Treatment for depression and similar psychological disorders (OCD, anxiety, etc) tends to swing from the sublime to the ridiculous: ‘just snap out of it’ all the way to ‘sedate yourself numb!’. But, as so often, the correct treatment falls somewhere between the two – and should be tailored to each individual case. Let’s have a look at some alternative approaches to managing depression alongside taking antidepressants, whether these are SSRIs, atypical treatments like Wellbutrin (Wellbutrin available at internationalpharmacy.com) or MAOIs.
It is known that exercise causes a boost to the serotonin and dopamine production in the body, so even if you loathe running with every fiber in your body, you can help top up your feel-good hormones by taking some kind of exercise. You don’t have to run, of course, you can try swimming, walking, playing a sport – anything that raises your heartrate and causes a light sweat is enough to have a positive effect on your good mood hormones.
- Have a Routine
It is no surprise that depression and anxiety has soared with the recent Covid-19 lockdowns and the advent of widespread hybrid working. With people freer to plan their days to suit themselves, time loses its structure and this is not a good thing. Most people thrive on some kind of routine, so do try to go to bed at a decent hour, rise at the same time every day, and – most important for the blurred home-working/ flexible model – have a time when work is done for the day, so you can spend time with family, watch some TV, or simply veg out and do nothing at all for a bit.
- Practice Self-Care
All of this ties into self-care. Looking after yourself is something that is easily shunted aside when that spreadsheet needs to be updated, the children need to be fed, your partner has a late finish at the office… But taking time to invest in yourself can yield an immense return, leaving you refreshed and soothed, ready to handle the next round of sibling squabbles, to cope with putting the bins out while your partner finishes their overtime and to deal with whatever demands your boss has imposed upon you. Without some downtime, you will burnout very quickly, and it is a short step from the early signs of burnout to poor mental health. Under self-care comes:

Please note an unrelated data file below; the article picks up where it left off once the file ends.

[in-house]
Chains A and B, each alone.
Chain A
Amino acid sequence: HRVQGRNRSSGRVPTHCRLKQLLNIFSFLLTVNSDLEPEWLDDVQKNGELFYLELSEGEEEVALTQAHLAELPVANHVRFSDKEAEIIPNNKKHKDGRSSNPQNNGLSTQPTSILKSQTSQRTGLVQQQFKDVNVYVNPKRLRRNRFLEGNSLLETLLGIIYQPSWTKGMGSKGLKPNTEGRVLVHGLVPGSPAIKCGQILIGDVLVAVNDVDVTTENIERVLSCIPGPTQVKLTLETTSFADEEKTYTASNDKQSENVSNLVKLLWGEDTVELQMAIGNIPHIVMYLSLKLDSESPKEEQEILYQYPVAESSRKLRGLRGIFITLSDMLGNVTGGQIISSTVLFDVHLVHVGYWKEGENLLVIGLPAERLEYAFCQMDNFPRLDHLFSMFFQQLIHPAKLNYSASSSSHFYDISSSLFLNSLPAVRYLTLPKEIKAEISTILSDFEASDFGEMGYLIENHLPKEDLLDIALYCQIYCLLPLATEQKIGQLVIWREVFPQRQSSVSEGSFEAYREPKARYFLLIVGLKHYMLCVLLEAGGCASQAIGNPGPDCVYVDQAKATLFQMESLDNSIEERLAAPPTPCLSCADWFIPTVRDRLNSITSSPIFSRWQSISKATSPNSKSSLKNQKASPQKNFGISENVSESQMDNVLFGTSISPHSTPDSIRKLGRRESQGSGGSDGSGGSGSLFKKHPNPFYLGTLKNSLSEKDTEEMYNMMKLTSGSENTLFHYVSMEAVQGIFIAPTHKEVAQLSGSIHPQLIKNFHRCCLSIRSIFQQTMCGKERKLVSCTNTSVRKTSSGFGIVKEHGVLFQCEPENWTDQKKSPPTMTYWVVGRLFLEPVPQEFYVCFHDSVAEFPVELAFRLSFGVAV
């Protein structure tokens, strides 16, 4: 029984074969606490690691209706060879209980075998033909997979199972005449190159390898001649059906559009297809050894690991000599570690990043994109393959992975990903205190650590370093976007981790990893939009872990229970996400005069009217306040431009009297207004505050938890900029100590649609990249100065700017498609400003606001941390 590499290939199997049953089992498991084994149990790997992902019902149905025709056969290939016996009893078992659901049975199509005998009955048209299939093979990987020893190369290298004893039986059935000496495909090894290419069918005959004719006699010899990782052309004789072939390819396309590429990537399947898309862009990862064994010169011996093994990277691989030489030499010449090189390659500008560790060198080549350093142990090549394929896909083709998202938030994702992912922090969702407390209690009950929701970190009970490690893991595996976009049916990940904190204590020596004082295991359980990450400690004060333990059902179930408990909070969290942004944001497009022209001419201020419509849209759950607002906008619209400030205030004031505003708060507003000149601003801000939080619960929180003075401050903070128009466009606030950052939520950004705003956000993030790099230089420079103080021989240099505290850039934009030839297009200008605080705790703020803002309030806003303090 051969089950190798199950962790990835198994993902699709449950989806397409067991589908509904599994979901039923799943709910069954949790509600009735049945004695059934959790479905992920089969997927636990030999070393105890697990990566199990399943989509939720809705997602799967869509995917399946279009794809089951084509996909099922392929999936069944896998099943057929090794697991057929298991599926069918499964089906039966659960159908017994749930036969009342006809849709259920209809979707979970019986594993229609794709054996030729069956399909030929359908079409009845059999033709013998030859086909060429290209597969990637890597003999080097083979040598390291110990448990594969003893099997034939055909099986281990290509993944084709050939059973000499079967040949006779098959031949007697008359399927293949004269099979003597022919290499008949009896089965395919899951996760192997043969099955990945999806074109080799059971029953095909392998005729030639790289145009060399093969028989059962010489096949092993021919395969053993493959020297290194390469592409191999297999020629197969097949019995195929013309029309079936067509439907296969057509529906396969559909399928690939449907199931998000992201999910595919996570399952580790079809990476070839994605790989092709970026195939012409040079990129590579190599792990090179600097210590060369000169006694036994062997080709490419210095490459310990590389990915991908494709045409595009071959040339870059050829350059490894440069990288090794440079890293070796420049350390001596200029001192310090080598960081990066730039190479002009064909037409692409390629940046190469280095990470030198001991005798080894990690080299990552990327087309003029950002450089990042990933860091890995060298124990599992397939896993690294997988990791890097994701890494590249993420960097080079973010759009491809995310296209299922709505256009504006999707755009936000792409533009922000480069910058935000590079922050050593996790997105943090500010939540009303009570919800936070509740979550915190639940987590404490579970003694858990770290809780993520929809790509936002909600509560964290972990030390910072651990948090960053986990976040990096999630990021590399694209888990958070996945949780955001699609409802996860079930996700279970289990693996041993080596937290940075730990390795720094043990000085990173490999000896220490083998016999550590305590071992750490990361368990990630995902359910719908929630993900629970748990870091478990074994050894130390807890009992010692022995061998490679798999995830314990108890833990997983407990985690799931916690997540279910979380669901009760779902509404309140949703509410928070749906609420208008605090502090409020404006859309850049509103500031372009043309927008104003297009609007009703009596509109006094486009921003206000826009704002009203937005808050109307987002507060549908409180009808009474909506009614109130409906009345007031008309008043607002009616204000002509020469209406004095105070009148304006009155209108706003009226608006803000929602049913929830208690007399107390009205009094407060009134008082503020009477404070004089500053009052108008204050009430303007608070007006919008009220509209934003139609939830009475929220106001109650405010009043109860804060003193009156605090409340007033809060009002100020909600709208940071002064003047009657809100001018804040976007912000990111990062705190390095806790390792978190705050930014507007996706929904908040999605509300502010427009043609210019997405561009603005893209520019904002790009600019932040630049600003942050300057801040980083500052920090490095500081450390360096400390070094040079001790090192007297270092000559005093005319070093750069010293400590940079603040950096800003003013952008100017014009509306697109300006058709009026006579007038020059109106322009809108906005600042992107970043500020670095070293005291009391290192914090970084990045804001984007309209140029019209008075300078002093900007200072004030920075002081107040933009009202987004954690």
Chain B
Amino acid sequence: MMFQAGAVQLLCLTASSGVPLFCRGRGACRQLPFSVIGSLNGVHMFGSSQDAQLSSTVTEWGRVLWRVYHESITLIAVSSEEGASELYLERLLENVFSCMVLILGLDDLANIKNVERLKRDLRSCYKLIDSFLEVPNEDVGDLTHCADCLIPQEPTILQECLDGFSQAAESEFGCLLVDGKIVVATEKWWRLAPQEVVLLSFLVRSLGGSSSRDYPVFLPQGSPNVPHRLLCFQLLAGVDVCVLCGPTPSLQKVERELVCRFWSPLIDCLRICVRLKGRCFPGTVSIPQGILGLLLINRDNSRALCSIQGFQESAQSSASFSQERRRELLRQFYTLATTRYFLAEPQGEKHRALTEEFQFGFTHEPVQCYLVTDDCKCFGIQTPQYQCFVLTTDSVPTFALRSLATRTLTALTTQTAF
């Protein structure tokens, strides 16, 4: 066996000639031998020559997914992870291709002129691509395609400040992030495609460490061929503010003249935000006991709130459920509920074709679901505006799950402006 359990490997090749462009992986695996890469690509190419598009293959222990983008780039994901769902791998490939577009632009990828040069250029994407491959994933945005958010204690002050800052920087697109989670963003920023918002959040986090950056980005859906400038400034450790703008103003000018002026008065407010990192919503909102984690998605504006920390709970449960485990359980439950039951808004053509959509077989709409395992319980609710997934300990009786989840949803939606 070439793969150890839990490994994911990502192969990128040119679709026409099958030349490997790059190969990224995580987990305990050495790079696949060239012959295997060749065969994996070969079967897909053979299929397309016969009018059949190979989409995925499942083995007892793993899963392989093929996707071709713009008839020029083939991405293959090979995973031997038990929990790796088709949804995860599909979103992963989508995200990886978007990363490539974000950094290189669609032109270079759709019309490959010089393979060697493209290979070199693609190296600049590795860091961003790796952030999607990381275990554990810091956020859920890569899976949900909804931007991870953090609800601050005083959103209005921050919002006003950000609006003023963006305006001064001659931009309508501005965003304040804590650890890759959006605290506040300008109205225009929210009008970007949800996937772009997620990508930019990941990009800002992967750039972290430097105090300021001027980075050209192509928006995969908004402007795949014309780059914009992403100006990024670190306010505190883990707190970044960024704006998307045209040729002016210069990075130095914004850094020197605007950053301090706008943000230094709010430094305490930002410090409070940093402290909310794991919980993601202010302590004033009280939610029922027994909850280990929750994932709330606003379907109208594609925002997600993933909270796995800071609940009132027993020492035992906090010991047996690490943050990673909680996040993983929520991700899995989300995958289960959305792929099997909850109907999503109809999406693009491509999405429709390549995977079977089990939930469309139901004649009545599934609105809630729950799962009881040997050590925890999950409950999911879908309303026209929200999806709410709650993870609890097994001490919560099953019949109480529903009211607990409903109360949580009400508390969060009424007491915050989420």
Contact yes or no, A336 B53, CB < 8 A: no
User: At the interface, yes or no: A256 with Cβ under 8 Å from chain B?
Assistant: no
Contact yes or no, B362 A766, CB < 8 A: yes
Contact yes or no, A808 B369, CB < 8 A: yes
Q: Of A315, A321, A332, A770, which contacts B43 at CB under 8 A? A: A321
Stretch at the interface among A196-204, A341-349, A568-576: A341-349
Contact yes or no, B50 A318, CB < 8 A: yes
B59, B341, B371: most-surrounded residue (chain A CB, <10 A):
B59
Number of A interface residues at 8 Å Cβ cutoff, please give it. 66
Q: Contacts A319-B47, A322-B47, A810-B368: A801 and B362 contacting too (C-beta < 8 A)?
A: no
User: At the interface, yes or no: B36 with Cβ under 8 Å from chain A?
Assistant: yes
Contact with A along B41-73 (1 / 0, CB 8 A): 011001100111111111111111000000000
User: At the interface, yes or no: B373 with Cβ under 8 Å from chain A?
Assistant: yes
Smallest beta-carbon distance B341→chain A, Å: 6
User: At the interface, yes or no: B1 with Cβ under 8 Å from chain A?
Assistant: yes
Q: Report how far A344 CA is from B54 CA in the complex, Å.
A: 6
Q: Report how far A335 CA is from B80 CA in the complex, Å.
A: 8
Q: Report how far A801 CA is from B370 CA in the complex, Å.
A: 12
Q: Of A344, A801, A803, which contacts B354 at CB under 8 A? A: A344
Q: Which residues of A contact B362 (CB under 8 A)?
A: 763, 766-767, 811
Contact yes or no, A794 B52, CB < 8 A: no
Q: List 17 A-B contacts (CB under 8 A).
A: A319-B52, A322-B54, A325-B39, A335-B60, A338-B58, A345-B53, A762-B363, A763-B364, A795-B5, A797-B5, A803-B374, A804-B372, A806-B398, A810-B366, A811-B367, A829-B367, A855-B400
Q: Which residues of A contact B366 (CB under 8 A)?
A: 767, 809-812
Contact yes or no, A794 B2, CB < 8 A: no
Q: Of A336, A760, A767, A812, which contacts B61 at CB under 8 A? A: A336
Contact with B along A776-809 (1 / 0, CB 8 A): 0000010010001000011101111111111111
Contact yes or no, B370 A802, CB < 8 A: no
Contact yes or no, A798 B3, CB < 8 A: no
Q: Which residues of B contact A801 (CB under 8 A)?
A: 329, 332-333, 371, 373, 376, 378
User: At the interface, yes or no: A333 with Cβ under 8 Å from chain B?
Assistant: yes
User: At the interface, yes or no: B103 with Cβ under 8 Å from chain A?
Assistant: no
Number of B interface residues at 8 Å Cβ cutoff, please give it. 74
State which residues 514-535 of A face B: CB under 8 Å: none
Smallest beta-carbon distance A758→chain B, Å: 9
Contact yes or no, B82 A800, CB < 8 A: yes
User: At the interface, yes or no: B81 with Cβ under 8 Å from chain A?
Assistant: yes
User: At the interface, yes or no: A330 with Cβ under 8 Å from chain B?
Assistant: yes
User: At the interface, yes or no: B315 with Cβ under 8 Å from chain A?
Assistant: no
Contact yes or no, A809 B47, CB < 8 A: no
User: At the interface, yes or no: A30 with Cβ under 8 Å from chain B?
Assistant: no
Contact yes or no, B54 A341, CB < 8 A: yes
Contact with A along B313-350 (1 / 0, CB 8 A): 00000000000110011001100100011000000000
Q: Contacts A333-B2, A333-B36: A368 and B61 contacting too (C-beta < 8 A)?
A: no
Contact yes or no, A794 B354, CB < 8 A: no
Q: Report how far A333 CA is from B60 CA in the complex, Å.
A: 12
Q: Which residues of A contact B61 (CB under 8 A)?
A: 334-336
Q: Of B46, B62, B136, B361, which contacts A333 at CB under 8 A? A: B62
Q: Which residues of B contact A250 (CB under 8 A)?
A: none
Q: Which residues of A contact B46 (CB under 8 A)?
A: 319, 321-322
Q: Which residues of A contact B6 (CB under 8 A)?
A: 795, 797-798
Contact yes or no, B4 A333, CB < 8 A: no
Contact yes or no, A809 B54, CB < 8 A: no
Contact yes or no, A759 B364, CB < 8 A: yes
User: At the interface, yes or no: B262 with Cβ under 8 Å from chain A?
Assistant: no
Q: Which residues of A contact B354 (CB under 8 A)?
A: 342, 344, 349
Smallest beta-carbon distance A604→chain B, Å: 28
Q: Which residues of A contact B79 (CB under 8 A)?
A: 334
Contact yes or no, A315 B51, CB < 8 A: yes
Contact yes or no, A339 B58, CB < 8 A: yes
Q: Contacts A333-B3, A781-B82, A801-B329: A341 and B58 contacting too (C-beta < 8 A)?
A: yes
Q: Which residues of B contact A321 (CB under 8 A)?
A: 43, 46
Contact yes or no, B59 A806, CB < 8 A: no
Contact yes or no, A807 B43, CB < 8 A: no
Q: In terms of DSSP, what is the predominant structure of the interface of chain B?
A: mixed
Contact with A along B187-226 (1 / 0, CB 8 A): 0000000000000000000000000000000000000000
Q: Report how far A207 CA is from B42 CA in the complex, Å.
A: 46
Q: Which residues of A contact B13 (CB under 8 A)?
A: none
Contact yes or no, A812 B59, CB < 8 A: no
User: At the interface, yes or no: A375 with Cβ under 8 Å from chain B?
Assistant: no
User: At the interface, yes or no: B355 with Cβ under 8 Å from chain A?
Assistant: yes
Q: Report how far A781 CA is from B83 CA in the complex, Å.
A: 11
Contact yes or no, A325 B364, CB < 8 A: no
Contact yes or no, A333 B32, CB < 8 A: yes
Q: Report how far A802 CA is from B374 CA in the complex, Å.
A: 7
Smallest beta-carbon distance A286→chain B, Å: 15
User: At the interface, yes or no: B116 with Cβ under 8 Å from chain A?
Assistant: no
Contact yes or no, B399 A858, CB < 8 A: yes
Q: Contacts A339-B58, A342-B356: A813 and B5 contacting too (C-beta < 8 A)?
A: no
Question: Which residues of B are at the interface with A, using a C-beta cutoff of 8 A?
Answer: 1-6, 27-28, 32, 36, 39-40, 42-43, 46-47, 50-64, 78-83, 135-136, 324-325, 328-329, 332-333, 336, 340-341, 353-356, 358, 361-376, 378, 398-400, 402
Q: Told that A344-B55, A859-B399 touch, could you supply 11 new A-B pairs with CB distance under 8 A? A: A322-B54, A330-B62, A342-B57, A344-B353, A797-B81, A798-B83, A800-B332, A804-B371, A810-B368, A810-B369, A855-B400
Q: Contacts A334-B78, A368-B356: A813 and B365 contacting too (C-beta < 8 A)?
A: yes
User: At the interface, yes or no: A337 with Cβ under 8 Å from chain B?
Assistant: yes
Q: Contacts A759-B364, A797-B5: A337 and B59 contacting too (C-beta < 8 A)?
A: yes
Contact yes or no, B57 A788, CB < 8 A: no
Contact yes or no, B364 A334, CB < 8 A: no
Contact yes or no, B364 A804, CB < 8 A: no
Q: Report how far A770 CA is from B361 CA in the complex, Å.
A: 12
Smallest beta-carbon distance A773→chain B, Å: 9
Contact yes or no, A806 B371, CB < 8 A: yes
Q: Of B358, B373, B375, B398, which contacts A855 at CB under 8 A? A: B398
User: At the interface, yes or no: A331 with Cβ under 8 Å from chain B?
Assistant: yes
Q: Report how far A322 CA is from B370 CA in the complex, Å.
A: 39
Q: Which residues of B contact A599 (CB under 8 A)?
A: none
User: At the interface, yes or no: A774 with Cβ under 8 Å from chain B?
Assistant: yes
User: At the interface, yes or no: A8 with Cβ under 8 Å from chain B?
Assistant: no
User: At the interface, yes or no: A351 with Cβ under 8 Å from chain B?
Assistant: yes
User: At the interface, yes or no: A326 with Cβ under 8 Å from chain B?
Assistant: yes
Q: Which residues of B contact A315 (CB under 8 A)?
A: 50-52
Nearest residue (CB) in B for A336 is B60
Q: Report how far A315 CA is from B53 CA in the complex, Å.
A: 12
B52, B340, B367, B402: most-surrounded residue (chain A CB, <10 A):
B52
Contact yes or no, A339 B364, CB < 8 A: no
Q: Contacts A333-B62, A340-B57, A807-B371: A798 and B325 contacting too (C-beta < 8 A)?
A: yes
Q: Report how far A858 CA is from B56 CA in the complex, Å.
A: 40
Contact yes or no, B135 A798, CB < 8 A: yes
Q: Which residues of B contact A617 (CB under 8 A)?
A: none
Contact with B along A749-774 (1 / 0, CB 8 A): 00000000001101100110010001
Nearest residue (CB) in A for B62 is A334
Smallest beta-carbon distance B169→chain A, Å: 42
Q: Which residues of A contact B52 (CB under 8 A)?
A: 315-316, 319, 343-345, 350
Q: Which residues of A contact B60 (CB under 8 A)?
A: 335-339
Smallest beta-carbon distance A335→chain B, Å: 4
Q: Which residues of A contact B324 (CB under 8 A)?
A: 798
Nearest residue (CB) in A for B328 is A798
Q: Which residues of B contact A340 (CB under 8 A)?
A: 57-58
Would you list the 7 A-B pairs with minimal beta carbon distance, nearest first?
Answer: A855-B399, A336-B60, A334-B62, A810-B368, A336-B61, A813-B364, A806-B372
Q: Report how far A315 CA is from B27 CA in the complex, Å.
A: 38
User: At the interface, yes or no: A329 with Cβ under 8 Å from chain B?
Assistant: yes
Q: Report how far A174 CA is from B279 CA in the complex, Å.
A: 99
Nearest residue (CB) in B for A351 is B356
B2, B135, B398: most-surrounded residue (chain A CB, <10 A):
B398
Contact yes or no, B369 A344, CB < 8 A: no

- Eating right: a healthy body is a happy body – trite, a bit of a cliché, but very true
- Staying hydrated: it is astounding how many medical issues are actually caused by dehydration. If you feel thirsty, you are already low on water, so try to drink a glass of water thirty minutes before (or after) meals to stave off ever becoming thirsty.
- Sleeping sufficiently and well: Get your seven or eight hours in a comfortable bed – there is a good reason that writers and poets from the ancient Greeks right up to Dickens all raved about the wonders of a good night’s sleep.
- Meditating/ Practicing yoga: Gentle stretches alongside mindful thinking about your body and its abilities while you let go of the day-to-day hassles is almost as good as a mini-holiday, rejuvenating you and giving you a little buzz to get you through the rest of your day.
- Avoid artificial stimulants: Coffee, alcohol, various pick-me-ups, energy drinks – all of these have become things that we ‘need’ to get us through the day, but what they actually do is worsen the problem. And disrupting the body’s need for sleep, for proper nourishment, for hydration can cause issues like depression to worsen, so try to avoid them and listen to your body instead, introducing a daytime nap at lunch rather than chugging a can of caffeine-laden energy drink. Quite apart from anything else, taking any of these products alongside antidepressants can be harmful and cause the treatment to have an unexpected effect.
Depression and similar conditions are a normal part of our modern busy lives, and they should be accepted as such – and they can be treated too, with various lifestyle changes and medication.